If we want to see someone from outside of our sick fund, we must ask for permission in writing, but to date we have been approved for just about everything. Hospital visits, MRIs, and CTs are completely covered — no co-pays, and no intolerable waits. (Yes, you will wait several weeks to get an MRI if it isn't urgent. But so what?) Medicines can be expensive, but the government uses its bargaining power to negotiate prices far lower than what you pay in the United States.

Private care is also available, if you prefer; many doctors work off-hours in private clinics, and many hospitals allow doctors to perform everything, including surgery, on a private basis. There seems to be a reasonable balance between public and private needs — so you'll generally get fine treatment as a regular patient, but you can always opt to use private treatment, if you need. There also seem to be perennial funding problems at government-owned hospitals, which the government then funds out of tax money. And of course, if the medicine that you need is outside of the government-mandated (and negotiated, and subsidized) "basket," you're forced to pay market prices. Every year, additional treatments are added to the medical service basket, but I don't envy those who have to decide what goes in and what stays out.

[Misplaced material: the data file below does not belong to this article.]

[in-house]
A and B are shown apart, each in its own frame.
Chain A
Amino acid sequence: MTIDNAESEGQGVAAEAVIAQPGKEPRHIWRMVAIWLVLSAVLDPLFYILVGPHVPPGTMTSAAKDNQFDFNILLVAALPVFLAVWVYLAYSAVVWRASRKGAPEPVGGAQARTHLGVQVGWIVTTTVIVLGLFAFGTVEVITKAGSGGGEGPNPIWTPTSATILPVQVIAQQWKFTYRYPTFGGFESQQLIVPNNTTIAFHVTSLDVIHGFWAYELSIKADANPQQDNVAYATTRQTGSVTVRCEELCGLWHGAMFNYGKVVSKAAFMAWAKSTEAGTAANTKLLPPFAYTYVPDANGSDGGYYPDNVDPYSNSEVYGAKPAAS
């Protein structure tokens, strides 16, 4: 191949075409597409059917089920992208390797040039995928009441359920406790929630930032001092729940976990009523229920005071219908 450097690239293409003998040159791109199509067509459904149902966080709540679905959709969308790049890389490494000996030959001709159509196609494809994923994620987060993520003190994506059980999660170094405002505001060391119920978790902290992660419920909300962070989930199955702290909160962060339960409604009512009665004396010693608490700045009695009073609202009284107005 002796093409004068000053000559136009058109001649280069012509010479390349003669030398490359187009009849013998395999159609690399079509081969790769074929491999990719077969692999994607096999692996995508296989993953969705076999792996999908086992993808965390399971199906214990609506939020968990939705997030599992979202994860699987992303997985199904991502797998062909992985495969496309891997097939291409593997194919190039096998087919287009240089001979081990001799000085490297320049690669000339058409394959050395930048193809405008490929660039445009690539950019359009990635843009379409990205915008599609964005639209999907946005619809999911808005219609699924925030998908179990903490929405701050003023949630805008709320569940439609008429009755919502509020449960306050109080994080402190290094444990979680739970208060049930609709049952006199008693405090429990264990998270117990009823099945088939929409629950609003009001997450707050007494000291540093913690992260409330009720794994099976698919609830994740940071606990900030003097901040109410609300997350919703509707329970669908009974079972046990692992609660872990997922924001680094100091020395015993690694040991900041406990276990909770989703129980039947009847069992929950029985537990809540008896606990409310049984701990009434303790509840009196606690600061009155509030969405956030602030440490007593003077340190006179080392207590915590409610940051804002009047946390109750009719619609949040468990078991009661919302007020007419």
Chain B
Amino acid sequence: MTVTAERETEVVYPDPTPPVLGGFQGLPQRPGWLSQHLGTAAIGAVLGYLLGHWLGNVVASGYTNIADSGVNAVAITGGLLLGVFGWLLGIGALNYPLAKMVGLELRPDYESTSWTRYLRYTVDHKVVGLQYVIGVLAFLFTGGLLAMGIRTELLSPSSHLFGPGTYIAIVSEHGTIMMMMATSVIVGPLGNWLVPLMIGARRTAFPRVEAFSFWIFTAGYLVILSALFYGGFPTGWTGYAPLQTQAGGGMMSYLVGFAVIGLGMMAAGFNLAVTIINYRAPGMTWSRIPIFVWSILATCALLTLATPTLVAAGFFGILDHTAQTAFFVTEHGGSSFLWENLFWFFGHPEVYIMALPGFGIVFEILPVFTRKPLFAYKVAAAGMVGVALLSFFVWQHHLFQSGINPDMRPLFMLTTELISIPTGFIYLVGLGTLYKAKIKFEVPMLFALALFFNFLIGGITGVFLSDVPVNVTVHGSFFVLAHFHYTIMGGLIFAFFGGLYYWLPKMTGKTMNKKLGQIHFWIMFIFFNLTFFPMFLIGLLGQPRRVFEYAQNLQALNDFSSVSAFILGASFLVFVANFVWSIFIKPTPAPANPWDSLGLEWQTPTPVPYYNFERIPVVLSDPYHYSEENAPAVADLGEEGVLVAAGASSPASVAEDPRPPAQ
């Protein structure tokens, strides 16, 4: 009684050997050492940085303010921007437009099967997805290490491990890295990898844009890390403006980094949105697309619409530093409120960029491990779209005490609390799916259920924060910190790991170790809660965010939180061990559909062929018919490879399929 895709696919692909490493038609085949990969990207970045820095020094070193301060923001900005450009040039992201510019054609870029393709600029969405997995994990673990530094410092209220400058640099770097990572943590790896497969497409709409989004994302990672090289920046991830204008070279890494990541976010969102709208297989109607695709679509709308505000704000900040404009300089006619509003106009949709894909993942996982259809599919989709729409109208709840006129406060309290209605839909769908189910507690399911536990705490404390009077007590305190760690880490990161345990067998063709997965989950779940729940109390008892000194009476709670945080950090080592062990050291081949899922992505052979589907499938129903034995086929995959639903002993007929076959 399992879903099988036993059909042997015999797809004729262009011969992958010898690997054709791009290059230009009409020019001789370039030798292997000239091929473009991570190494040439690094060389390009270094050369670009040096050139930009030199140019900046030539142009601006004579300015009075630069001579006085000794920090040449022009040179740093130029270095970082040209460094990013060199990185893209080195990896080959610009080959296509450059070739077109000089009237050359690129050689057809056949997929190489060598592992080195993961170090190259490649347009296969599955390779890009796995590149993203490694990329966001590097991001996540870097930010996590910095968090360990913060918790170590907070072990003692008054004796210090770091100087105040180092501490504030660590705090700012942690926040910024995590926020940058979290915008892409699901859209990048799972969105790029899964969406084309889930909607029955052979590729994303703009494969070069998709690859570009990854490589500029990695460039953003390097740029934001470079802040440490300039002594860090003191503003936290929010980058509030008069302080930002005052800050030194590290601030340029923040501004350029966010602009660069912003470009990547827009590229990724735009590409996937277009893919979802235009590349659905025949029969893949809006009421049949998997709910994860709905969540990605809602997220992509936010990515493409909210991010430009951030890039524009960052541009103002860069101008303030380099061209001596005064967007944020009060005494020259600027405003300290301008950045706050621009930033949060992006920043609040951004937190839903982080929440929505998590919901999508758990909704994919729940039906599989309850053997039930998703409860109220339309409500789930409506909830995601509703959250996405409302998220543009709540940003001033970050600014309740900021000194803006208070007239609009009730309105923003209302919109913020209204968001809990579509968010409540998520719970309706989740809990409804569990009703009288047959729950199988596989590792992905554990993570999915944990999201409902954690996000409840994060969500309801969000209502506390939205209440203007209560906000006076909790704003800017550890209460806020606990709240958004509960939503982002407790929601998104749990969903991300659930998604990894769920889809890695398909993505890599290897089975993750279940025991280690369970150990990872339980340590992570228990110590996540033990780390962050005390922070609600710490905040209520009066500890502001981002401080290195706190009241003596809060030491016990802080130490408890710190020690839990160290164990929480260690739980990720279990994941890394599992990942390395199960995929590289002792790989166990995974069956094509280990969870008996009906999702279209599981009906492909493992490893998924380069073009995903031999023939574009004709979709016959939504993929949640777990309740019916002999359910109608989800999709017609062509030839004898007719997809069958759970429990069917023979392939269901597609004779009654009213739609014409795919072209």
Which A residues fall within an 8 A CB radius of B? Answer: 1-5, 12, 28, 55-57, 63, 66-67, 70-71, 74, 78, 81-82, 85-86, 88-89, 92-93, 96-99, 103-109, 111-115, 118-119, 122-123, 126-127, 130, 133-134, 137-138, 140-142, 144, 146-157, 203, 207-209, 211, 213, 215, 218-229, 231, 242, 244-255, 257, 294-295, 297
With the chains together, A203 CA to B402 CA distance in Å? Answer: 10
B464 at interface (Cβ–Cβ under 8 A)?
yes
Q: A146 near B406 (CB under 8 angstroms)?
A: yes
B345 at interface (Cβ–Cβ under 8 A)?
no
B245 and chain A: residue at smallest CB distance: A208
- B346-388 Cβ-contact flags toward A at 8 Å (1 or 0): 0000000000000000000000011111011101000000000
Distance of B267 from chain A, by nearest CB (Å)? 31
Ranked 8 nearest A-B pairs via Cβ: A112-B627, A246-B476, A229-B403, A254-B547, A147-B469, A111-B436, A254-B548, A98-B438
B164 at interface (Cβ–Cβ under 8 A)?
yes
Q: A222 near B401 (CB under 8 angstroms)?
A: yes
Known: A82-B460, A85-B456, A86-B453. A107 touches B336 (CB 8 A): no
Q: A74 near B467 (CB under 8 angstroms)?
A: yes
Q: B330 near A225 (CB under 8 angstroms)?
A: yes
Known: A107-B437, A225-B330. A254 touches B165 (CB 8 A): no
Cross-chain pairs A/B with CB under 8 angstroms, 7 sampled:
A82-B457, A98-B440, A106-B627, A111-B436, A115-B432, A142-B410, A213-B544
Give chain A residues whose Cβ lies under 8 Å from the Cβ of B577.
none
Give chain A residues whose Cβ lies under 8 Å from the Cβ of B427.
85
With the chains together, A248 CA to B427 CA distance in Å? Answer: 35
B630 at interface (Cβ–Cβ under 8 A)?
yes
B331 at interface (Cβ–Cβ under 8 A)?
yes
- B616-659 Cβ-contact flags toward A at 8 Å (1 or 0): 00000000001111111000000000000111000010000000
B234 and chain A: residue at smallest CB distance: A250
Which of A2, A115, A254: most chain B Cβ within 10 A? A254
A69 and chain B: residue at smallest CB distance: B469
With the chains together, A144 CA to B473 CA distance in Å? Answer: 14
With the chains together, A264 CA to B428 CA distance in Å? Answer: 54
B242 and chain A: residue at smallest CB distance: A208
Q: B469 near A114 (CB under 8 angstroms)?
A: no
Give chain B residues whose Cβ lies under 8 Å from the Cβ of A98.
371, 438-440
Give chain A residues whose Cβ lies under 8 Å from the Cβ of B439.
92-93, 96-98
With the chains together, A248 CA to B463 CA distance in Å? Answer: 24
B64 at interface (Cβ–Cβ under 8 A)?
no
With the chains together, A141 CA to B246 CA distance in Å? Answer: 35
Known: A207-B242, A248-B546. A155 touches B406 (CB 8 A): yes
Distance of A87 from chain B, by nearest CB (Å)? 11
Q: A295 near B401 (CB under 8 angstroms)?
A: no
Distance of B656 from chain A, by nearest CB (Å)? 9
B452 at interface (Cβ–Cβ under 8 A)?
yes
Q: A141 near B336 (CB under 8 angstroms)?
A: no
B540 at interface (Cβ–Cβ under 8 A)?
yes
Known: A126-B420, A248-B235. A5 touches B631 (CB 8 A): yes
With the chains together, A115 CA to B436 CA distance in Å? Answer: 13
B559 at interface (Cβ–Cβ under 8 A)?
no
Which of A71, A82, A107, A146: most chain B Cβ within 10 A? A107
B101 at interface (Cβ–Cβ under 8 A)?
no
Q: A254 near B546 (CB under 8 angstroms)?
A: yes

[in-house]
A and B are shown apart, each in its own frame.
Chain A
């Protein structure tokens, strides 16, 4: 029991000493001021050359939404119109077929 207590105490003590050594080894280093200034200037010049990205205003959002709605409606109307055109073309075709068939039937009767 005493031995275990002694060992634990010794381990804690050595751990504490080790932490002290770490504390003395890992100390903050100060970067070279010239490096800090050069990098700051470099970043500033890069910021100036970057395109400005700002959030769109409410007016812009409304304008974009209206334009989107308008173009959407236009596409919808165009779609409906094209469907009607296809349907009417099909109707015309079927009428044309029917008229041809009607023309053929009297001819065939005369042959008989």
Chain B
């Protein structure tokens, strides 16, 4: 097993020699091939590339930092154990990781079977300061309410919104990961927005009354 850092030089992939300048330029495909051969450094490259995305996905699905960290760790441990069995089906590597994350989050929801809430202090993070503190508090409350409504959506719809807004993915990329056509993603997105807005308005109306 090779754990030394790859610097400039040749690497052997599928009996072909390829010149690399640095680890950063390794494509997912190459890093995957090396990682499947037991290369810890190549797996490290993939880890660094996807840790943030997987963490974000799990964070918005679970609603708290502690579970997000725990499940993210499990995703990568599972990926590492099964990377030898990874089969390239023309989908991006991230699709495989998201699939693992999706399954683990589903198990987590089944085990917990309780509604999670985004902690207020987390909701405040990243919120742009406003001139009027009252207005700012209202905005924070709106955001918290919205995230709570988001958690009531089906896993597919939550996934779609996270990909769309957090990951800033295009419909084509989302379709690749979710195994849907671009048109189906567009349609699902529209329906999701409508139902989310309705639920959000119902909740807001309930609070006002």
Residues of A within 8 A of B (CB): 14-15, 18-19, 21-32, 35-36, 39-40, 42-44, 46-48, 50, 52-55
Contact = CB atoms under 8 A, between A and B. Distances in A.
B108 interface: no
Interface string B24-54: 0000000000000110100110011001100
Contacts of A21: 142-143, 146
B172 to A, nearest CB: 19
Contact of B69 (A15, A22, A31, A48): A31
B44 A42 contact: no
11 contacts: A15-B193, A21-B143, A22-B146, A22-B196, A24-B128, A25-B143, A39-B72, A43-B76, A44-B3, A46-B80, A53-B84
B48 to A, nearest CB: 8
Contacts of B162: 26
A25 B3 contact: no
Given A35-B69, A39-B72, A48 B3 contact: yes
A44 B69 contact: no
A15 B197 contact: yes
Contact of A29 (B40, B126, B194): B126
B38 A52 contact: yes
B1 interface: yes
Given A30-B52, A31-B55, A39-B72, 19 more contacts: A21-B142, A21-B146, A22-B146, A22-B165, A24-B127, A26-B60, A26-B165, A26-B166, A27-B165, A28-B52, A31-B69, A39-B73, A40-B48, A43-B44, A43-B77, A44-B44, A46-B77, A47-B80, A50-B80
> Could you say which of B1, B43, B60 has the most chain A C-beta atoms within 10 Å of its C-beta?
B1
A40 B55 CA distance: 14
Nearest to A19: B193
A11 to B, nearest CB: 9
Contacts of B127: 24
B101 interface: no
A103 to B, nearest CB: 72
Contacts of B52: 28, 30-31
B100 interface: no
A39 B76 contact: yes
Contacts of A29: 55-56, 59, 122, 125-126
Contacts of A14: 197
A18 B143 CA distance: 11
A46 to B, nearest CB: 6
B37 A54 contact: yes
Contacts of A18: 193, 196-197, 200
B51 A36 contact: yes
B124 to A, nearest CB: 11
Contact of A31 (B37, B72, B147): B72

I'm not saying that everything is perfect with the Israeli health system; there are funding problems, and doctors sometimes strike (yes,
strike!) to protest the decent, but far from exceptional, salaries that they receive. (No private helicopters here!) But by having a number of competing non-profits whose rates are capped by law, and whose services must adhere to a government-set minimum, you end up with a high-quality, low-cost health system that removes many of the worst profit incentives from the insurance industry, replacing them with incentives to keep people healthy. My impression is that Germany has a similar system, but I don't know enough about it to compare.

A quick closing anecdote: Several months ago, when Bibi Netanyahu was elected prime minister, he floated a bunch of trial balloons while putting together his initial budget. One of the items that caused the greatest amount of protest was his plan to charge about $2.50 (yes, two and a half dollars) per *night* that someone would stay in the hospital — up from the current amount, which is zero. There was a firestorm of protest, with people saying that Netanyahu was so heartless that he wanted to charge people to be sick! The proposal was immediately taken off of the table.

The bottom line, then, is that the system here is pretty good, and costs a fraction of what health care does in the United States (where you have 50 times as many citizens, and thus greater potential for economies of scale). I simply don't understand how Americans can continue to claim that they have such a great system, when it's so easy to find alternatives that cost less and do at least as much.